A first propagation path estimation apparatus according to the present invention comprises: a CIR estimation unit for estimating a group of impulse responses of a propagation path; a validimpulse discriminator for selecting impulse responses, which are greater than a predetermined threshold value, from the impulseresponse group and substituting zero for samples other than a prescribed number of samples bracketing a maximum peak in the impulse responses selected; and a propagation path estimation unit for estimating the propagation path using the valid impulse responses.
 A second propagation path estimation apparatus according to the present invention comprises: a CIR estimation unit for estimating an impulse response (CIR) group of a propagation path; a validimpulse discriminator for selecting propagationpath impulse responses (CIR), which are greater than a predetermined threshold value, from the propagationpath impulseresponse group; and a propagation path estimation unit for generating a matrix expression using a CIR estimation vector
({circumflex over ({overscore (h)})}_{CIR})
that includes the selected CIRs as elements, a matrix S, which is decided by a number N of points of an IFFT used in OFDM modulation and number Nc of subcarriers used in actual transmission, and a propagationpath response vector
({overscore (h)}_{t})
and obtaining the propagationpath response vector and estimating the propagation path by solving this matrix expression.  A third propagation path estimation apparatus of the present invention comprises an impulse response estimation unit, which estimates the impulse response in the frequency domain of propagation paths; an oversampling unit, which performs Mfold (where M is an integer greater than or equal to 1) oversampling of estimated impulse responses; an inverse Fourier transform unit, which converts Mfold oversampled impulse responses into the time domain; a valid impulse judgment unit, which selects an impulse response equal to or greater than a predetermined threshold value, from among the timedomain impulse responses; an estimation unit, which replaces everything other than a prescribed number of samples before and after the maximum peak in the selected impulse response with a prescribed value and estimates the time response of the propagation path; a Fourier transform unit, which converts the estimated propagation path time response into the frequency domain; and, a propagation path estimation unit, which performs Mfold downsampling of the time response in the frequency domain and estimates the propagation path.
 A fourth propagation path estimation apparatus of the present invention comprises an impulse response estimation unit, which estimates the impulse response in the frequency domain of propagation paths; an oversampling unit, which performs Mfold (where M is an integer greater than or equal to 1) oversampling of estimated impulse responses; an inverse Fourier transform unit, which converts Mfold oversampled impulse responses into the time domain; a valid impulse judgment unit, which selects an impulse response equal to or greater than a predetermined threshold value, from among the timedomain impulse responses, and generates an impulse response vector; a propagation path time response estimation unit, which creates a time response function matrix using time response functions, based on an integral multiple M×N of the number N of IFFT points used in OFDM modulation and on the number N_{C }of subcarriers used in actual propagation, and which estimates the propagation path time response by multiplying the inverse matrix of the above matrix by the above impulse response vector; a Fourier transform unit, which converts the estimated propagation path time response into the frequency domain; and means of performing Mfold downsampling of the frequency domain propagation path time response and for estimating the propagation path.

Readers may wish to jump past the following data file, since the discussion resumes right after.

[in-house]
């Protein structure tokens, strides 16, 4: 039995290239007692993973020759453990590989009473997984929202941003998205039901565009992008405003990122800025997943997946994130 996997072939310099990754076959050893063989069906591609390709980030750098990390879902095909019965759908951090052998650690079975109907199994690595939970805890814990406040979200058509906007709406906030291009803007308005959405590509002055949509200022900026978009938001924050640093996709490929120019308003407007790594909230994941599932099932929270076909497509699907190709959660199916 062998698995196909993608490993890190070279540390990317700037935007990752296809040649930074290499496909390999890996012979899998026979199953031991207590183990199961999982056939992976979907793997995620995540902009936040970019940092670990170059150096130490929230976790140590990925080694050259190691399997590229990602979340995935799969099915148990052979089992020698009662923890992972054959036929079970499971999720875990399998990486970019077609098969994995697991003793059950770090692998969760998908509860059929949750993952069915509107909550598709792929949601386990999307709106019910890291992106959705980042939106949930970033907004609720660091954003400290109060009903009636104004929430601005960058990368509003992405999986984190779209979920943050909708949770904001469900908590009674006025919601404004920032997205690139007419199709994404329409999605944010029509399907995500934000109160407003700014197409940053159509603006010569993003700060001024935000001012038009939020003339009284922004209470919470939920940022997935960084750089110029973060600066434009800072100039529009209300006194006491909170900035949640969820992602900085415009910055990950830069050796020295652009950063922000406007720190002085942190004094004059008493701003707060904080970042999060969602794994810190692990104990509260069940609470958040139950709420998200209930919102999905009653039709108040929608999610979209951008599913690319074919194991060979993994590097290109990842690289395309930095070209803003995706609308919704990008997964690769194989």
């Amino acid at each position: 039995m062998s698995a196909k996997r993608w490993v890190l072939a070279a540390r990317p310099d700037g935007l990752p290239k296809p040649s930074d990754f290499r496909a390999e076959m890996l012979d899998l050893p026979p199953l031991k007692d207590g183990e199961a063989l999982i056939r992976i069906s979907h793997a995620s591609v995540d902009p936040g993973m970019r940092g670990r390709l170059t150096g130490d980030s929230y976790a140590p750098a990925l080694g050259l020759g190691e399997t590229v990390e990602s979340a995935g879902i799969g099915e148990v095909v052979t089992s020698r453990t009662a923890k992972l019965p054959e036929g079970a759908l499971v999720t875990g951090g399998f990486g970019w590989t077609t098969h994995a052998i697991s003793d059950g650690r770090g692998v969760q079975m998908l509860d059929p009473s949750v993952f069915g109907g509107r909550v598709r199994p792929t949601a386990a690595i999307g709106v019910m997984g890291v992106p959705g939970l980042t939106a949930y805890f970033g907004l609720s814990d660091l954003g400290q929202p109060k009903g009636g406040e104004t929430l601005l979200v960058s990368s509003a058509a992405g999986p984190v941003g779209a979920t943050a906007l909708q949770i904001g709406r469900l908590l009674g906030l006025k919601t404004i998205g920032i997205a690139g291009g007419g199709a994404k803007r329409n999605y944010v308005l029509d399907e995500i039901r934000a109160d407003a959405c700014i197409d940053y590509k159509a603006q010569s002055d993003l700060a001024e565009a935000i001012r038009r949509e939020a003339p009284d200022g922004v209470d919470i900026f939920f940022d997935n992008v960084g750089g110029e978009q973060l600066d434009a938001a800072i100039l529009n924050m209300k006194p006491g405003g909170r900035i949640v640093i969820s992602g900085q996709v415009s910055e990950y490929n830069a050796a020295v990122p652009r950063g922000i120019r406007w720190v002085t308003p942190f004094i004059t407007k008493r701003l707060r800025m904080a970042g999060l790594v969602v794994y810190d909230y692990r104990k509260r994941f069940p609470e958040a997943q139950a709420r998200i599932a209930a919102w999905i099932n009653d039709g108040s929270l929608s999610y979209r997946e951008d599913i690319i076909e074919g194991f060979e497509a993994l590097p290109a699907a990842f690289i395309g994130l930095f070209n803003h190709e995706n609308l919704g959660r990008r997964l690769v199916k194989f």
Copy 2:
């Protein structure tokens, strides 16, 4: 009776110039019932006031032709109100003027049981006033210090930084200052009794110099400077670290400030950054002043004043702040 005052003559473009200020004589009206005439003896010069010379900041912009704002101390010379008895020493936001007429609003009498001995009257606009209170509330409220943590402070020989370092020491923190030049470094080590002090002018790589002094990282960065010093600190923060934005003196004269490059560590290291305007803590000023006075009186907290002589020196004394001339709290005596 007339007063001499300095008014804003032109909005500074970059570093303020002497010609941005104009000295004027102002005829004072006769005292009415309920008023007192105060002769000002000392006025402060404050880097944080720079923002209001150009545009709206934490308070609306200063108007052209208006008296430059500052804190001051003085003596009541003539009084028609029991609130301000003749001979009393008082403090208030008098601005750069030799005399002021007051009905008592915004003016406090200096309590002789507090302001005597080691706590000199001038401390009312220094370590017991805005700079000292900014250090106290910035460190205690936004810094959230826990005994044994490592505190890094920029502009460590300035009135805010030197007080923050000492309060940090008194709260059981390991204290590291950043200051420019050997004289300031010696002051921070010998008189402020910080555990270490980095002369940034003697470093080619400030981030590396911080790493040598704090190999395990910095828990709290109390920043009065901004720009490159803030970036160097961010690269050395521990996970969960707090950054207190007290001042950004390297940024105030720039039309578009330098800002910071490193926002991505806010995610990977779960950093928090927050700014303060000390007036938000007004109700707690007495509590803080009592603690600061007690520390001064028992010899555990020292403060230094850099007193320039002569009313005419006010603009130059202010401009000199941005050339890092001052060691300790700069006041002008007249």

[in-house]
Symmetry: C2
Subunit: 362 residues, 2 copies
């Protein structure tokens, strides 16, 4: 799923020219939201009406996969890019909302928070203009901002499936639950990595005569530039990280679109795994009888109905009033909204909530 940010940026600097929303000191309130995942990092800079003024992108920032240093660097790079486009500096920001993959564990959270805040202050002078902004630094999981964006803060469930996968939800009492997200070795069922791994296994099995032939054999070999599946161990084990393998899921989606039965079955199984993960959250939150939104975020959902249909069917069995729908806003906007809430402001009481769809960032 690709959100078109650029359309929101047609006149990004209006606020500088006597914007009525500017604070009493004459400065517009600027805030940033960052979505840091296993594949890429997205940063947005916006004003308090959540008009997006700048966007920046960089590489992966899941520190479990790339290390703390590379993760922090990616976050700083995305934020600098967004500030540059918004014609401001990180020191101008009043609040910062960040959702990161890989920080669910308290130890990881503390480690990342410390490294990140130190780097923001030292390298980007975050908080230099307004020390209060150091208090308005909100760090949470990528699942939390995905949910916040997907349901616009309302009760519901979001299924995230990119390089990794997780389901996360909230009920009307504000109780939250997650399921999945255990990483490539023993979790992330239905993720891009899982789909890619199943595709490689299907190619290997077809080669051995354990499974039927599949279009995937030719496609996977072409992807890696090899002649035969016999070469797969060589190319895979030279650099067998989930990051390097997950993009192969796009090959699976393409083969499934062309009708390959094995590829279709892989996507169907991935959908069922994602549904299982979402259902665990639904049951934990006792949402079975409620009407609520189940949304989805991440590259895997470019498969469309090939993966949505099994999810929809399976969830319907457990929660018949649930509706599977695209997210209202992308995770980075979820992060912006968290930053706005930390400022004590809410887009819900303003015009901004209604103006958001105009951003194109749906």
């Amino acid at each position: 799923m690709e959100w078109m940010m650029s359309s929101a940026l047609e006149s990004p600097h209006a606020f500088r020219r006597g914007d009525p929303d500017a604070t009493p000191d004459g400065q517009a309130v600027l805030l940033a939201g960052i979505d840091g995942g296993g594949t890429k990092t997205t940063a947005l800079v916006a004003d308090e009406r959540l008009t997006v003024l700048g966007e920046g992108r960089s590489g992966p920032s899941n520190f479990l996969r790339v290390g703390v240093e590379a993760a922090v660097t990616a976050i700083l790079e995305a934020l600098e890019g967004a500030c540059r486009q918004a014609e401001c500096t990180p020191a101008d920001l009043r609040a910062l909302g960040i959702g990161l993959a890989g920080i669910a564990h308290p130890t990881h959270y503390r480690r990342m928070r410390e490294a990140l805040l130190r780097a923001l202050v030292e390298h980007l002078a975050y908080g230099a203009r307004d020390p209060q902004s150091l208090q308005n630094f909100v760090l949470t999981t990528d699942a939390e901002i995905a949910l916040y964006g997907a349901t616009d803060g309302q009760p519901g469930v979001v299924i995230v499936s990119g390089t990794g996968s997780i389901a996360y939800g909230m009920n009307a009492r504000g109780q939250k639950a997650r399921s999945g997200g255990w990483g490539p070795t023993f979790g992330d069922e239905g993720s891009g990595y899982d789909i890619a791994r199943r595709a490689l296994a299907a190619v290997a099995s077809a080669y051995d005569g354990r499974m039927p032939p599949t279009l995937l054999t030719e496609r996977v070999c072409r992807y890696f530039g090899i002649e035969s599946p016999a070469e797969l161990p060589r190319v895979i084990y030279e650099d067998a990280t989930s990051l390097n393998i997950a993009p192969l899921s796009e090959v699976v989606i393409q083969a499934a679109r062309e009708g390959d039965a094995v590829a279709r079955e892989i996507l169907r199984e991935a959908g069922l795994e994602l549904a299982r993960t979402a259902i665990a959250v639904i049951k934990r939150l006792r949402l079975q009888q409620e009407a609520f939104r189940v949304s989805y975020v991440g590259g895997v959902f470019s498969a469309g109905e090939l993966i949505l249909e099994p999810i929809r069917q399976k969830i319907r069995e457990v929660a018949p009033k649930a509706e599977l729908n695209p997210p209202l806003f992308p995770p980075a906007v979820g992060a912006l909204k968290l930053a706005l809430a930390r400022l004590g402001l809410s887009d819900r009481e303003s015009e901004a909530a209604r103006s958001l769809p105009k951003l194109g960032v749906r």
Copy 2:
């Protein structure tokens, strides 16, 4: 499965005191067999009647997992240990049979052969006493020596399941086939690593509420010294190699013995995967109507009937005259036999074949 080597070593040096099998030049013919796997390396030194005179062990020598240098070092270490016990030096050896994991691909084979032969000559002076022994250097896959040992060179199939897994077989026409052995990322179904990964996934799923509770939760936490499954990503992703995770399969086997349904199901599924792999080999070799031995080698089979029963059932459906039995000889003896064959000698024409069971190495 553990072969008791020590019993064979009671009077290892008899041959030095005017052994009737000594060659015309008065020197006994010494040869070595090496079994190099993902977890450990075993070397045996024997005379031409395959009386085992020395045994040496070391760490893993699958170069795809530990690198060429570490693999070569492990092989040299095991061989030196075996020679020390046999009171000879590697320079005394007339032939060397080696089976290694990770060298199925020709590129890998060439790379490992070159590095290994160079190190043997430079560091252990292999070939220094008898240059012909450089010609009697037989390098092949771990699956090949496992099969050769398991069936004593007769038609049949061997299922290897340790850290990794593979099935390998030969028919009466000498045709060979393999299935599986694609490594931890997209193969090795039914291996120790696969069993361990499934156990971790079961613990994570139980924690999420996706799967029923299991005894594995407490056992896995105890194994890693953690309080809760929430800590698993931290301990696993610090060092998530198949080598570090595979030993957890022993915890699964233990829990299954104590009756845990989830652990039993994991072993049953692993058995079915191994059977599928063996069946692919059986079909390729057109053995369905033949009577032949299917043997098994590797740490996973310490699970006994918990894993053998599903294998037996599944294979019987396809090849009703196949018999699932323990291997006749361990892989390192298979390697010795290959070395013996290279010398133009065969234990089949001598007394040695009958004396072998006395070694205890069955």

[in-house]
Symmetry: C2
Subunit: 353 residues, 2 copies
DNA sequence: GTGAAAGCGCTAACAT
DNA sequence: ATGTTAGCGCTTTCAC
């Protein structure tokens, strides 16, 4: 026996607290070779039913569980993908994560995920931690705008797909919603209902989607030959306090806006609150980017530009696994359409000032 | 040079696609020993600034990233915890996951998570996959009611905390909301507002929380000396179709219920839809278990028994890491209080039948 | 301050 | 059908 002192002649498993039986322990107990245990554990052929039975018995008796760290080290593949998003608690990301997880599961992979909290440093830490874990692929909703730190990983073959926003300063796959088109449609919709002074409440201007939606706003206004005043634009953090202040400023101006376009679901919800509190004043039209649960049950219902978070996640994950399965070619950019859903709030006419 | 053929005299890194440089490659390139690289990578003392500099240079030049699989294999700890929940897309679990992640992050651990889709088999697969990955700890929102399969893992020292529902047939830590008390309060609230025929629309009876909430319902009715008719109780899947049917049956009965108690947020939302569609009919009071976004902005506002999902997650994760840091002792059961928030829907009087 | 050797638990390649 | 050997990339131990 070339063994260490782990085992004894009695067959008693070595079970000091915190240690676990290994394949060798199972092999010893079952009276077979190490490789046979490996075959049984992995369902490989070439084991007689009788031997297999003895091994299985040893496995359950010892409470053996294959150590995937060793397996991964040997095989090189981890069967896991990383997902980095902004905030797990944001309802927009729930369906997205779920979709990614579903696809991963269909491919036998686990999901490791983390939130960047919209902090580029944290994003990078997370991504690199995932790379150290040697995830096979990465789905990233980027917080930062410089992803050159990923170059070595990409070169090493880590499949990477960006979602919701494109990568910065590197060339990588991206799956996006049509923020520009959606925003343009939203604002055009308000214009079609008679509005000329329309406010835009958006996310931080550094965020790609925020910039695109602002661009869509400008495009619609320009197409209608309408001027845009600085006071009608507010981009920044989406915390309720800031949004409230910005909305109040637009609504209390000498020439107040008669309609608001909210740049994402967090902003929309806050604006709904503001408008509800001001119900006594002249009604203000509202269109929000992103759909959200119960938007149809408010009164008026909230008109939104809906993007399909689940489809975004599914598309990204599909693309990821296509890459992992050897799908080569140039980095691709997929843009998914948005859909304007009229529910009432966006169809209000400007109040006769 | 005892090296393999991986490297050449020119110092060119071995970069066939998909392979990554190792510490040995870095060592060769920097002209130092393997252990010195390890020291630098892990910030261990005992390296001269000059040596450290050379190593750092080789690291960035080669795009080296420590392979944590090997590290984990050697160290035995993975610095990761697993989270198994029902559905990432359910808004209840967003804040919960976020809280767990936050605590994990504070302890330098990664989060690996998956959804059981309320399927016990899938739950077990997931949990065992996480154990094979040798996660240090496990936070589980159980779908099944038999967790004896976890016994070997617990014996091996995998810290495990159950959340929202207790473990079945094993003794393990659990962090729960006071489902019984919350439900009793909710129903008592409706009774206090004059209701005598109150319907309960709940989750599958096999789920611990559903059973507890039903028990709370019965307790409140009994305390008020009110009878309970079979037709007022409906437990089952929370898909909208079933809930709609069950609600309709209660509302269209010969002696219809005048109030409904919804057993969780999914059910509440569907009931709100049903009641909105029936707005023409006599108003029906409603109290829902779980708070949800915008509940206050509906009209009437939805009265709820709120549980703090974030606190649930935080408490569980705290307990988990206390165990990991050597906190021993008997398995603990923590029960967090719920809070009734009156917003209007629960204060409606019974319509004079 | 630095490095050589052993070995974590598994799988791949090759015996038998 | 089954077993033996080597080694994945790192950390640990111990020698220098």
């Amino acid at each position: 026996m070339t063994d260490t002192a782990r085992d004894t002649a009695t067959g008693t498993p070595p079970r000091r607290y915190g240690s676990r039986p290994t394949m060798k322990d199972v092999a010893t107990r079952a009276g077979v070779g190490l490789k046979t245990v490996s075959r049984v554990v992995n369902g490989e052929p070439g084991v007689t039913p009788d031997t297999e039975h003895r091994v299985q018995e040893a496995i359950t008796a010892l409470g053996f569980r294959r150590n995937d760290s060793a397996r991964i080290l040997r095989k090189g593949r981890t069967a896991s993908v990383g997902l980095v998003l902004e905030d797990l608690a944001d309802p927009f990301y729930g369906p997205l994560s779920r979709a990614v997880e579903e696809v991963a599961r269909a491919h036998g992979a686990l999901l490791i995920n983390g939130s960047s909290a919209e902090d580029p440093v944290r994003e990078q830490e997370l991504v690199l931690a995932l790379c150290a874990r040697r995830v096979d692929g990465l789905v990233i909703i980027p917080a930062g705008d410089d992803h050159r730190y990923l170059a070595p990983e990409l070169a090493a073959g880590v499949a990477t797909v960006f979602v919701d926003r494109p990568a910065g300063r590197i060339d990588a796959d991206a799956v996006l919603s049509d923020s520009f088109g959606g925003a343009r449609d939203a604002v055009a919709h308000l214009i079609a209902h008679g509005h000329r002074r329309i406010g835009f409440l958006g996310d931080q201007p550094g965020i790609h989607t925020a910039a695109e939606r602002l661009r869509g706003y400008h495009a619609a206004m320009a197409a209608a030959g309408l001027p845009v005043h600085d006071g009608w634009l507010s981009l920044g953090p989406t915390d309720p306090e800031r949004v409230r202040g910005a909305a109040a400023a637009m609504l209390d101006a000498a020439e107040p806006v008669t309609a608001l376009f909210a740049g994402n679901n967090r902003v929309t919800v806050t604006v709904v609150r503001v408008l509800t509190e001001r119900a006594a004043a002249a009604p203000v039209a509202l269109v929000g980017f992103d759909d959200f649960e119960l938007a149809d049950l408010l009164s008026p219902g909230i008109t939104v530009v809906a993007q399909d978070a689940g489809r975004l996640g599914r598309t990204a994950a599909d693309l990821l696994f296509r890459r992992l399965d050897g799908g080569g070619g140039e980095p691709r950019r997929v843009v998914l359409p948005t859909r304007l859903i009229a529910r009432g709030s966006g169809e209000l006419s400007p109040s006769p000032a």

In accordance with the present invention applied to communication using OFDMbased modulation in which subcarriers not used in data transmission exist, even if a delayed wave that exceeds a GI (Guard Interval) is generated, it is possible to obtain a propagation path estimation value in which background noise is suppressed to a level equivalent to that in a case where the propagation path is known.
 Further, in accordance with the present invention, it is possible to suppress background noise irrespective of the propagation environment such as delay spread and path spacing.
 According to this invention, even when path positions in an actual multipath environment deviate from sampled positions measured by the system, error due to deviation from the sampled positions can be suppressed through oversampling. As a result, background noise can also be suppressed, and by downsampling after noise suppression the propagation path time response characteristics for paths can be correctly estimated, and BER characteristics can be improved.
 Other features and advantages of the present invention will be apparent from the following description taken in conjunction with the accompanying drawings.

FIG. 1 is a block diagram illustrating the configuration of an OFDM communication system having a propagation path estimation unit according to the present invention; 
FIG. 2 is a diagram useful in describing a data format and a serialtoparallel conversion of an S/P converter;